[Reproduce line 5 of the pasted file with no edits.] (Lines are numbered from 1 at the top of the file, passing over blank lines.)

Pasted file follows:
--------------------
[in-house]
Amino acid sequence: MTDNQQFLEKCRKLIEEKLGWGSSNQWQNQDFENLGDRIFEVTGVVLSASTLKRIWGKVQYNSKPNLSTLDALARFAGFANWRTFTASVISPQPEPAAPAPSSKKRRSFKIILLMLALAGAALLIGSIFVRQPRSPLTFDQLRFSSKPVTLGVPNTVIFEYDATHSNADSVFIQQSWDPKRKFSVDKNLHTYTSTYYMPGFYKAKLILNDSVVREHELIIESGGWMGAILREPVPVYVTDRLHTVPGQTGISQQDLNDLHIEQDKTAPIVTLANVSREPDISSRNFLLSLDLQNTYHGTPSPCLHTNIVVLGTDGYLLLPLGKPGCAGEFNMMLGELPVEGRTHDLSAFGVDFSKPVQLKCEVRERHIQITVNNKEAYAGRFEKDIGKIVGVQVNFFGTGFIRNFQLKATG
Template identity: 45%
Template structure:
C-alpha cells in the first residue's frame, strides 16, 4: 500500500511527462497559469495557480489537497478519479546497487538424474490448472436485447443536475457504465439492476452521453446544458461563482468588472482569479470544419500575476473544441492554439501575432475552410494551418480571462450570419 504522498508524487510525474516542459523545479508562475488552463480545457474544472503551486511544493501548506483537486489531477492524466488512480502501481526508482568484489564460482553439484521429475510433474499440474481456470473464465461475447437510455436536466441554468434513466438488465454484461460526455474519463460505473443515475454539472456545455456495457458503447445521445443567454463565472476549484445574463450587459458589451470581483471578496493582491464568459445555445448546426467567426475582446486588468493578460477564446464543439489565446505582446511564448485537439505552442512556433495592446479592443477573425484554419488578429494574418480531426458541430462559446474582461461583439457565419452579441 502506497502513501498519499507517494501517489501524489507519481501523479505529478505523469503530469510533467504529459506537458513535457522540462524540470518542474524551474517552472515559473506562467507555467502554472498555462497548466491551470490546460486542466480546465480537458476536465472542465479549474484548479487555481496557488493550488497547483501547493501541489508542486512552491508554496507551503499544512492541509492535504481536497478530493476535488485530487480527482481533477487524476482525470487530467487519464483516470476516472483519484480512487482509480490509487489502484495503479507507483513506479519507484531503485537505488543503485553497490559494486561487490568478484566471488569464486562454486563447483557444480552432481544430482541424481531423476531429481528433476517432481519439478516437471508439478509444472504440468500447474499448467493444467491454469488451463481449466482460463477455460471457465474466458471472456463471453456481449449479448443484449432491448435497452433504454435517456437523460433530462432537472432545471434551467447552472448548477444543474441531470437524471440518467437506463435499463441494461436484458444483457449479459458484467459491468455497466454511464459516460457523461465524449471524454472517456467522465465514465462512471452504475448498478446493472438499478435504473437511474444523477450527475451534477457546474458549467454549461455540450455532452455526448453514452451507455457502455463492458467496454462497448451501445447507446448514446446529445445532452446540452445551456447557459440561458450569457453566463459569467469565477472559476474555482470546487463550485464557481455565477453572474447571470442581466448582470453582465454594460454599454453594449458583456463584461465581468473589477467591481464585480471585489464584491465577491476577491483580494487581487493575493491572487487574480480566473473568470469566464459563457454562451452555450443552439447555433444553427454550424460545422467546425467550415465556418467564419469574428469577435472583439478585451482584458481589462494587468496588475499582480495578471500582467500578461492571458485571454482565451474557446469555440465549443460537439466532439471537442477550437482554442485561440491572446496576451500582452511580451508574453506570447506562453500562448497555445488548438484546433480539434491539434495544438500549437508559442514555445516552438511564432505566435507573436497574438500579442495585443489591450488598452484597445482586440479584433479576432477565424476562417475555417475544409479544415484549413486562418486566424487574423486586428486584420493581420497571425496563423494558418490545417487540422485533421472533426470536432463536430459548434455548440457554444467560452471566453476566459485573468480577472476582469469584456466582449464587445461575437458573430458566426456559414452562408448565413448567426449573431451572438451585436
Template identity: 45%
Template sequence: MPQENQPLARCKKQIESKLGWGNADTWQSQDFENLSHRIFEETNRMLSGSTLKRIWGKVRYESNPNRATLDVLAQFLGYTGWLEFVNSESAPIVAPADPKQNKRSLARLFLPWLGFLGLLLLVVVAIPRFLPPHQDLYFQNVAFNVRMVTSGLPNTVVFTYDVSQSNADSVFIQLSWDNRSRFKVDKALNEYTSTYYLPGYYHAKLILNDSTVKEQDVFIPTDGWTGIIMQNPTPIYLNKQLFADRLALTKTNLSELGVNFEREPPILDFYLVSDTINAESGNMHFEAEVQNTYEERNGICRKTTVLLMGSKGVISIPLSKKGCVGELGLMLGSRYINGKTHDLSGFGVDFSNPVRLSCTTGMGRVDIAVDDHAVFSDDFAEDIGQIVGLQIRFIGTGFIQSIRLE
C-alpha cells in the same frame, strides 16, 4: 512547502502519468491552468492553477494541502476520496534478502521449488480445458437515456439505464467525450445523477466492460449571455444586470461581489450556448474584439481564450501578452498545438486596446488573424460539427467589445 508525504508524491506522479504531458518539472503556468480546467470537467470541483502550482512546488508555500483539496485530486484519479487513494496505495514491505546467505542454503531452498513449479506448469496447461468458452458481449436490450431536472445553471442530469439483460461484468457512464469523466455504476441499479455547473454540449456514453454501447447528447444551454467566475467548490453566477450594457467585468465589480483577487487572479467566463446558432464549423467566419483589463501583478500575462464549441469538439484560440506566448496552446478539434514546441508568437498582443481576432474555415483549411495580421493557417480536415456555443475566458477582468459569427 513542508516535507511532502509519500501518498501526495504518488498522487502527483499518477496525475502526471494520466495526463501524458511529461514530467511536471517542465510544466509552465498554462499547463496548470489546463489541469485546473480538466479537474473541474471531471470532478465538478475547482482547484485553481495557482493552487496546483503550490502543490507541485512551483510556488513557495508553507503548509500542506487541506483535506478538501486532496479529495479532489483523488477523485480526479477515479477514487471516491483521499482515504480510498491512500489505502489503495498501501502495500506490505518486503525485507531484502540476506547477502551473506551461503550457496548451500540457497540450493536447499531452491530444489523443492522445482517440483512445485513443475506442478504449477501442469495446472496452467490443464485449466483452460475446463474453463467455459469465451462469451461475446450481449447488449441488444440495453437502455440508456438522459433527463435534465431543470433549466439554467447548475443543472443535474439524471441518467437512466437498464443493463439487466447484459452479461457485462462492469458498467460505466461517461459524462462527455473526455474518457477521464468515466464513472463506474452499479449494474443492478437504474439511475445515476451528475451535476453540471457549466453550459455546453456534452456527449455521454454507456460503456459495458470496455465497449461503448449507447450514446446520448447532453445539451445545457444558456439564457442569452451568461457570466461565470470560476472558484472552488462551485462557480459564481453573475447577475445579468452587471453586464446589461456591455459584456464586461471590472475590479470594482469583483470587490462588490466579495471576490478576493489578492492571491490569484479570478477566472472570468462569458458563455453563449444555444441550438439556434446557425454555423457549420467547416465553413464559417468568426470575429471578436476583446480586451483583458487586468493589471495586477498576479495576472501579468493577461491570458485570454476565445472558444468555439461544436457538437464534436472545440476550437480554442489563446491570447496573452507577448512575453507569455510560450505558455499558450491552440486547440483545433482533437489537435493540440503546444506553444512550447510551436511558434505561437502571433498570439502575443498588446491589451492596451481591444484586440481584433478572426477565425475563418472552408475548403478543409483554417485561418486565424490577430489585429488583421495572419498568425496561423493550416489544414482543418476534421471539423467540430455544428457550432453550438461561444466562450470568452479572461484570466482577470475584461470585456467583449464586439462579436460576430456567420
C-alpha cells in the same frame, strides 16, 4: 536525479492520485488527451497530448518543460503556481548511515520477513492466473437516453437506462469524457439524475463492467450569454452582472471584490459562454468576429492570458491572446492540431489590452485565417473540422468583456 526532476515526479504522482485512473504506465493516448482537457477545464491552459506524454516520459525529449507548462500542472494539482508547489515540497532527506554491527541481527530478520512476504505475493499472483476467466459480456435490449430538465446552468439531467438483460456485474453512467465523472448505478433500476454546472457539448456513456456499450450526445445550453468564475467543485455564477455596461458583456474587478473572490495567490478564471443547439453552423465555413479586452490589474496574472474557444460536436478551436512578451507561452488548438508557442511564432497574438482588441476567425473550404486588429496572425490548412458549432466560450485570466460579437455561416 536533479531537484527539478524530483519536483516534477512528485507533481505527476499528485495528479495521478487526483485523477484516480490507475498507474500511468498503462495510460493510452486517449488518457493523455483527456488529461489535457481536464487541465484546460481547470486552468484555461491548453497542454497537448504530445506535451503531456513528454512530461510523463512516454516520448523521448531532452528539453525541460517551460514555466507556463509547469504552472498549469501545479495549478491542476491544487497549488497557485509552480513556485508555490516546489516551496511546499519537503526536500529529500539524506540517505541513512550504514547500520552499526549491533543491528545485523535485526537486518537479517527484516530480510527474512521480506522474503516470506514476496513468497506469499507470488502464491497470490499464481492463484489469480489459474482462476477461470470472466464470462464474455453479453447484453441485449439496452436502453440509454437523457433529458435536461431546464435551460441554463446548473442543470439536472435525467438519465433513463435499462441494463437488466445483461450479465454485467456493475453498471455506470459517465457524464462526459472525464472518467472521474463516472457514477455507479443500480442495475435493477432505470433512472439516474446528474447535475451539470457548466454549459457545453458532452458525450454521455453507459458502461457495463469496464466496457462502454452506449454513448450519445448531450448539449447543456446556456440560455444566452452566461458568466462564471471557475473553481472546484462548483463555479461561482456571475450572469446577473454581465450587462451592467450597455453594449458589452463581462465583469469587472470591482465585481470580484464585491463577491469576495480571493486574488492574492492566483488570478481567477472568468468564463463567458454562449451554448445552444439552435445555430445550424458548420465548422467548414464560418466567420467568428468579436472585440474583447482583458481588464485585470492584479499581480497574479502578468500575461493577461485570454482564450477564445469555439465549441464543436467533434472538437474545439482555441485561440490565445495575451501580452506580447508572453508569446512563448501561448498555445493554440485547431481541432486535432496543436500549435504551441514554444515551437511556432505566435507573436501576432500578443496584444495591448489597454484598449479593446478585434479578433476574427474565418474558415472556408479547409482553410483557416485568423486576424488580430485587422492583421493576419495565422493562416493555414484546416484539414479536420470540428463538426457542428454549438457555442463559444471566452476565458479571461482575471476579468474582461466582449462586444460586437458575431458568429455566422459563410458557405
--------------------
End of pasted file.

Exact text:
C-alpha cells in the first residue's frame, strides 16, 4: 500500500511527462497559469495557480489537497478519479546497487538424474490448472436485447443536475457504465439492476452521453446544458461563482468588472482569479470544419500575476473544441492554439501575432475552410494551418480571462450570419 504522498508524487510525474516542459523545479508562475488552463480545457474544472503551486511544493501548506483537486489531477492524466488512480502501481526508482568484489564460482553439484521429475510433474499440474481456470473464465461475447437510455436536466441554468434513466438488465454484461460526455474519463460505473443515475454539472456545455456495457458503447445521445443567454463565472476549484445574463450587459458589451470581483471578496493582491464568459445555445448546426467567426475582446486588468493578460477564446464543439489565446505582446511564448485537439505552442512556433495592446479592443477573425484554419488578429494574418480531426458541430462559446474582461461583439457565419452579441 502506497502513501498519499507517494501517489501524489507519481501523479505529478505523469503530469510533467504529459506537458513535457522540462524540470518542474524551474517552472515559473506562467507555467502554472498555462497548466491551470490546460486542466480546465480537458476536465472542465479549474484548479487555481496557488493550488497547483501547493501541489508542486512552491508554496507551503499544512492541509492535504481536497478530493476535488485530487480527482481533477487524476482525470487530467487519464483516470476516472483519484480512487482509480490509487489502484495503479507507483513506479519507484531503485537505488543503485553497490559494486561487490568478484566471488569464486562454486563447483557444480552432481544430482541424481531423476531429481528433476517432481519439478516437471508439478509444472504440468500447474499448467493444467491454469488451463481449466482460463477455460471457465474466458471472456463471453456481449449479448443484449432491448435497452433504454435517456437523460433530462432537472432545471434551467447552472448548477444543474441531470437524471440518467437506463435499463441494461436484458444483457449479459458484467459491468455497466454511464459516460457523461465524449471524454472517456467522465465514465462512471452504475448498478446493472438499478435504473437511474444523477450527475451534477457546474458549467454549461455540450455532452455526448453514452451507455457502455463492458467496454462497448451501445447507446448514446446529445445532452446540452445551456447557459440561458450569457453566463459569467469565477472559476474555482470546487463550485464557481455565477453572474447571470442581466448582470453582465454594460454599454453594449458583456463584461465581468473589477467591481464585480471585489464584491465577491476577491483580494487581487493575493491572487487574480480566473473568470469566464459563457454562451452555450443552439447555433444553427454550424460545422467546425467550415465556418467564419469574428469577435472583439478585451482584458481589462494587468496588475499582480495578471500582467500578461492571458485571454482565451474557446469555440465549443460537439466532439471537442477550437482554442485561440491572446496576451500582452511580451508574453506570447506562453500562448497555445488548438484546433480539434491539434495544438500549437508559442514555445516552438511564432505566435507573436497574438500579442495585443489591450488598452484597445482586440479584433479576432477565424476562417475555417475544409479544415484549413486562418486566424487574423486586428486584420493581420497571425496563423494558418490545417487540422485533421472533426470536432463536430459548434455548440457554444467560452471566453476566459485573468480577472476582469469584456466582449464587445461575437458573430458566426456559414452562408448565413448567426449573431451572438451585436